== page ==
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Maker(s):Brown, James
Culture:American (active 1806-1808)
Title:portrait: General William Towner
Date Made:1806
Materials:oil on canvas
Place Made:United States; Massachusetts; Williamstown
Accession Number:  HD 2016.24.1
Credit Line:John W. and Christiana G.P. Batdorf Fund
Museum Collection:  Historic Deerfield

Portrait of General William Towner of Williamstown, Massachusetts, by the artist James Brown (active 1806-1808). William Towner (1756-1812) was born in New Fairfield, Connecticut, the son of Zacheus (1729-1814) and his wife. William Towner and Lurana (or Luranna) Chadwick (1773-1841) married between 1795 and 1800; his first wife Elizabeth (Betsey) Ramsdell died in 1795. William Towner relocated to Williamstown by 1787. The general is painted in full military dress with sword seated in a sack-back Windsor chair. Canvas verso, paint inscription, in brown, at upper left: “ Gen Towner Æ 48” Canvas verso, paint inscription, in brown, at center right: “J Brown Pinx/ Oct 10th 1806” (The number 6 in the date is beneath the strainer bar.) Canvas verso, in red chalk, at center right: “Restored by/ M.M. Resta 1955” Currently in a modern frame. This portrait is paired with his wife, Lurana Chadwick Towner (see HD 2016.24.2) The artist James Brown, who produced at least seven signed works, was largely unknown until an article by Elizabeth V. Warren called "The Mystery of J. Brown" was published in Folk Art, in the Fall 1998. There is speculation that Ammi Phillips studied under Brown in the early 19th century. According to Colleen Cowles Heslip, in her chapter on James Brown in "Between the Rivers, “J. Brown’s method of working [began] with the application of a thin red lead ground, which can be seen penetrating to the reverse of the primary support. He would then apply a thin gray tinted oil paint as an imprimatur layer.” The portraits descended through the Towner family, and then to the current owners from their aunt Betty Schwinn, whose mother Ruth Freed married John F. Towner late in life.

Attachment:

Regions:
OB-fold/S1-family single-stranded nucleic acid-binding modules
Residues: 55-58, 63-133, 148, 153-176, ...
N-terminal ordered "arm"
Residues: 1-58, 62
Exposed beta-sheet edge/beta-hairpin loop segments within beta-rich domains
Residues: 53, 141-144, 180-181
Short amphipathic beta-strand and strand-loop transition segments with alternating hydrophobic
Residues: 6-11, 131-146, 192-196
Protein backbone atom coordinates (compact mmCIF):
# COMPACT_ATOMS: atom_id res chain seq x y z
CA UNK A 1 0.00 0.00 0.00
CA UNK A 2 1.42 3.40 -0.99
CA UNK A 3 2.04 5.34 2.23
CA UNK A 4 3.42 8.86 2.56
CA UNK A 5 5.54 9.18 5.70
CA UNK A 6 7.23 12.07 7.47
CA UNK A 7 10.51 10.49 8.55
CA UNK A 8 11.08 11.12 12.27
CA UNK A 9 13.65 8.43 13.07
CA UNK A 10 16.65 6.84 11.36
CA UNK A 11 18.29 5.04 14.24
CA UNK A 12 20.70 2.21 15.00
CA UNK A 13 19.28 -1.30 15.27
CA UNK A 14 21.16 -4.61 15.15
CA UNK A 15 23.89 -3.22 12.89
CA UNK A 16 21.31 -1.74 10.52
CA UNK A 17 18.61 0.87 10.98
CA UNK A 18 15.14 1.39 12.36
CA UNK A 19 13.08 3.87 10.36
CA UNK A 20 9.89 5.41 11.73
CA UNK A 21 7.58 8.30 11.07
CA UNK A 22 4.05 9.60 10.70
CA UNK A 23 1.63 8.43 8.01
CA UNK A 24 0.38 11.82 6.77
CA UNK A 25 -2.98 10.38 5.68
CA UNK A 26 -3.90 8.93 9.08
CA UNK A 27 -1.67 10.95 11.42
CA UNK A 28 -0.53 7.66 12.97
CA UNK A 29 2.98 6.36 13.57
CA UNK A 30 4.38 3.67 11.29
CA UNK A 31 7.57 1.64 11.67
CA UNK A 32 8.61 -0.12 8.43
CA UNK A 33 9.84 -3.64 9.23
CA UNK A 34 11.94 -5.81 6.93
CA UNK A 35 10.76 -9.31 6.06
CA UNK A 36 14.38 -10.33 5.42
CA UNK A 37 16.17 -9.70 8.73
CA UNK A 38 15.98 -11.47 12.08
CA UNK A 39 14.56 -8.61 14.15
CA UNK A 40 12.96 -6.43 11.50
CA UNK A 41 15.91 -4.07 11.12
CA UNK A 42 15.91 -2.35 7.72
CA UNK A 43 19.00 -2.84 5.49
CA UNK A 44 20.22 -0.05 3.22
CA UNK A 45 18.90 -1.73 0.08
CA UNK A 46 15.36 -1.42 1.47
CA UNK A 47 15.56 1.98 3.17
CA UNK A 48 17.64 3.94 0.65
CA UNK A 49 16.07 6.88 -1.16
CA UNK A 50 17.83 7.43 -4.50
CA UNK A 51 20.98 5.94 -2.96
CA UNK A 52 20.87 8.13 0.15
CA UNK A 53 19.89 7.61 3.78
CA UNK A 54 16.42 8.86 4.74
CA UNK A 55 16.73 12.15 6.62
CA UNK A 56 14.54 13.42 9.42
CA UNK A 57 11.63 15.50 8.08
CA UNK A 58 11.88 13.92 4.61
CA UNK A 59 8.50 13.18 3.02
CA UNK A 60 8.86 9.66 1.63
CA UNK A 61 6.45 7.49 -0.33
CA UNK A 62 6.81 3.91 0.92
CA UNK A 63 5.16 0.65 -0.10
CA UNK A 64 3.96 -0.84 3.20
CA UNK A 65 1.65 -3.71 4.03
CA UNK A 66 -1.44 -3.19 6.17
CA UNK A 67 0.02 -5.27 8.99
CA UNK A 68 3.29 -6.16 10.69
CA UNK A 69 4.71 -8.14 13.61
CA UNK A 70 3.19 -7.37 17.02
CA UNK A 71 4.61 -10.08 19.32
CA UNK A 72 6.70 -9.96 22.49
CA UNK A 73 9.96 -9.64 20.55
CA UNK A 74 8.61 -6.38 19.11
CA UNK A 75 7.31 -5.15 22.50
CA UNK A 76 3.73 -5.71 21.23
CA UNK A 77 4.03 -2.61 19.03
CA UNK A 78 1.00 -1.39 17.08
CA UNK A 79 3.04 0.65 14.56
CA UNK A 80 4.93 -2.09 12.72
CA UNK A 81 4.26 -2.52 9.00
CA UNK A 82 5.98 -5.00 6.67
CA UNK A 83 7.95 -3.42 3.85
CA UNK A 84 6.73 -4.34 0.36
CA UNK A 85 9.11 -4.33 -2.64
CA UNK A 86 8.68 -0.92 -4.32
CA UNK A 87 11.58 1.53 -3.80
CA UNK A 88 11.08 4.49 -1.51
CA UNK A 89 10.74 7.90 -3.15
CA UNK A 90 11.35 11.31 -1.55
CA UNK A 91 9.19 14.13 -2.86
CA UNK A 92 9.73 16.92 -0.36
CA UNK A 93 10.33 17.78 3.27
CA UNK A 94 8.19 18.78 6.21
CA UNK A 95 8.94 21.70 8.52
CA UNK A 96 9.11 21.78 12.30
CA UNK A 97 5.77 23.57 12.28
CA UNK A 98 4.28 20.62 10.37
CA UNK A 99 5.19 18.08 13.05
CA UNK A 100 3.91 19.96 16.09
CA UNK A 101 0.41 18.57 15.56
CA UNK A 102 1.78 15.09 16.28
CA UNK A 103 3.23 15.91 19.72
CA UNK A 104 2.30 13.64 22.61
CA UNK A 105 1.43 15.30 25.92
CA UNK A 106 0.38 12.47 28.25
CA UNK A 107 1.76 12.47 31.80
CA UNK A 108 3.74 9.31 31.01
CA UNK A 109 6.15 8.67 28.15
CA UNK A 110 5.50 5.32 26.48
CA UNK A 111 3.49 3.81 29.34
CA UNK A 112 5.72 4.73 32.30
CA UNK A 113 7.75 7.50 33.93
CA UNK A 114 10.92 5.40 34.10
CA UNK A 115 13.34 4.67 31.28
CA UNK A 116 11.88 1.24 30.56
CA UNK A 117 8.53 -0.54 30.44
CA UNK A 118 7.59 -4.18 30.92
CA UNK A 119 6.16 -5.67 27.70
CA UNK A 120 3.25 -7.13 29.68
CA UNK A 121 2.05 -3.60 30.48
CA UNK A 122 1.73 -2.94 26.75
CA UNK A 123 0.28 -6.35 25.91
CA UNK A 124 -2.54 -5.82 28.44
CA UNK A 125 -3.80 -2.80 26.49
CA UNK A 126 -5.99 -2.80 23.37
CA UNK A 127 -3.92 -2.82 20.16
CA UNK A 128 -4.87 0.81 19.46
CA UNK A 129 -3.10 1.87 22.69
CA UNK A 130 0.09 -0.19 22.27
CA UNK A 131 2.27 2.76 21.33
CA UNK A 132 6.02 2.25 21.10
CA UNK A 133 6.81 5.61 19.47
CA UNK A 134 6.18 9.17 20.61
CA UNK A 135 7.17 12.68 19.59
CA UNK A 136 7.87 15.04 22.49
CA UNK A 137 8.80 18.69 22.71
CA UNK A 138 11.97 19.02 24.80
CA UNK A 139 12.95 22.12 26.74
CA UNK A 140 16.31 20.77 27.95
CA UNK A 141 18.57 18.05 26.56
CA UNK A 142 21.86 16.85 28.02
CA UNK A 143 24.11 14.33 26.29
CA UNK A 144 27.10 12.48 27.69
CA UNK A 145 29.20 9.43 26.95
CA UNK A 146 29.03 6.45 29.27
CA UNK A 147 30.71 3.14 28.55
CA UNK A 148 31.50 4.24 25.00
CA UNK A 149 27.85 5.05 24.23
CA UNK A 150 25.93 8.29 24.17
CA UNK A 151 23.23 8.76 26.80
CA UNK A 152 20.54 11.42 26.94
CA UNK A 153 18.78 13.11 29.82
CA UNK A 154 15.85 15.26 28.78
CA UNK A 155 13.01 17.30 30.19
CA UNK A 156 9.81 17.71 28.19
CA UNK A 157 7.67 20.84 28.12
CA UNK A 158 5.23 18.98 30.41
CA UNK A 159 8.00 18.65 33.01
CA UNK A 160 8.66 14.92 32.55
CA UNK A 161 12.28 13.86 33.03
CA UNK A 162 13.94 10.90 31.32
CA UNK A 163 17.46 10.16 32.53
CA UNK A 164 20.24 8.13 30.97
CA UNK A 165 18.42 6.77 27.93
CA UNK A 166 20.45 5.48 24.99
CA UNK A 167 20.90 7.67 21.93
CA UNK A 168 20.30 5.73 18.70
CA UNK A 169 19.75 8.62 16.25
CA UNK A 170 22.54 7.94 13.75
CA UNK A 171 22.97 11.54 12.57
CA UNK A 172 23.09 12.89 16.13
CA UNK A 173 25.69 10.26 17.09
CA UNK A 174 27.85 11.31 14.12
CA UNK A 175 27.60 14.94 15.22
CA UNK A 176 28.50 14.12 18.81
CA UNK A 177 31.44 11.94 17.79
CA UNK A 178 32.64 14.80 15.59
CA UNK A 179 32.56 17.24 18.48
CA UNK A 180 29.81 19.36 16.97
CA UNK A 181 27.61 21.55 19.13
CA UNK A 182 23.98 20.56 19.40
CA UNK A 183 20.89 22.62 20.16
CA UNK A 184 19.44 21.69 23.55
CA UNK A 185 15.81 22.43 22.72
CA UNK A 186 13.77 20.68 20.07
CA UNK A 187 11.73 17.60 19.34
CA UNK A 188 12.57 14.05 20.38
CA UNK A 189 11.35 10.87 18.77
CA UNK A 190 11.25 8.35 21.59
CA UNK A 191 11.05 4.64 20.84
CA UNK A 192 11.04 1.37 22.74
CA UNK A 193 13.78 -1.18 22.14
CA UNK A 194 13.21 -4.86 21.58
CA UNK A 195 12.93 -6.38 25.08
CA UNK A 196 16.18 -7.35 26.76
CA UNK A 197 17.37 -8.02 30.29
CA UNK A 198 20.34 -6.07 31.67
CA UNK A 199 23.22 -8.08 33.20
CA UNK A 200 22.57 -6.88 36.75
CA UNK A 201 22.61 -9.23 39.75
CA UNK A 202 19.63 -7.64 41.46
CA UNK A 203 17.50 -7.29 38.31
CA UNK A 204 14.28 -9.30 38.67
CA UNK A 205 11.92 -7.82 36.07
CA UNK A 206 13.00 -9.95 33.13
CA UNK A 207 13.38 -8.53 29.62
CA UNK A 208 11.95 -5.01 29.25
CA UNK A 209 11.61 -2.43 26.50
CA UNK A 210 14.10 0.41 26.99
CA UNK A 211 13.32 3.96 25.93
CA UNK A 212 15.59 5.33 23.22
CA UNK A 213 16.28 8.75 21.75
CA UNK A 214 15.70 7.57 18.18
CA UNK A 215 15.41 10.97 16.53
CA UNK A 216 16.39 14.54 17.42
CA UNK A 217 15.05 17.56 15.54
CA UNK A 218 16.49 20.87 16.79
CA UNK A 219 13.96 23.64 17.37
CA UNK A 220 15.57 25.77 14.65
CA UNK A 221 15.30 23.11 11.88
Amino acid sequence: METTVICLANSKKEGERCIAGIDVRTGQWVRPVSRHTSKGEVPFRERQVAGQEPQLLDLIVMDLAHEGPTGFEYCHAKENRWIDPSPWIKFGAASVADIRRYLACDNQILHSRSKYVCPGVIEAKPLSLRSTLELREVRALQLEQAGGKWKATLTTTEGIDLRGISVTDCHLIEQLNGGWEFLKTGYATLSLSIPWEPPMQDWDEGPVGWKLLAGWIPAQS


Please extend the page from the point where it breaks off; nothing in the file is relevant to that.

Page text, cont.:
Label Text:
Trained as a physician and surgeon, General William Towner (1756-1813) was depicted in full military dress (including sword) to reflect his position in the new nation’s army. Seated in a sack-back Windsor chair, near the conclusion of his career, Towner’s likeness is one of just seven known, signed works by James Brown, who may have trained the more prolific itinerant artist Ammi Phillips (1788-1865).


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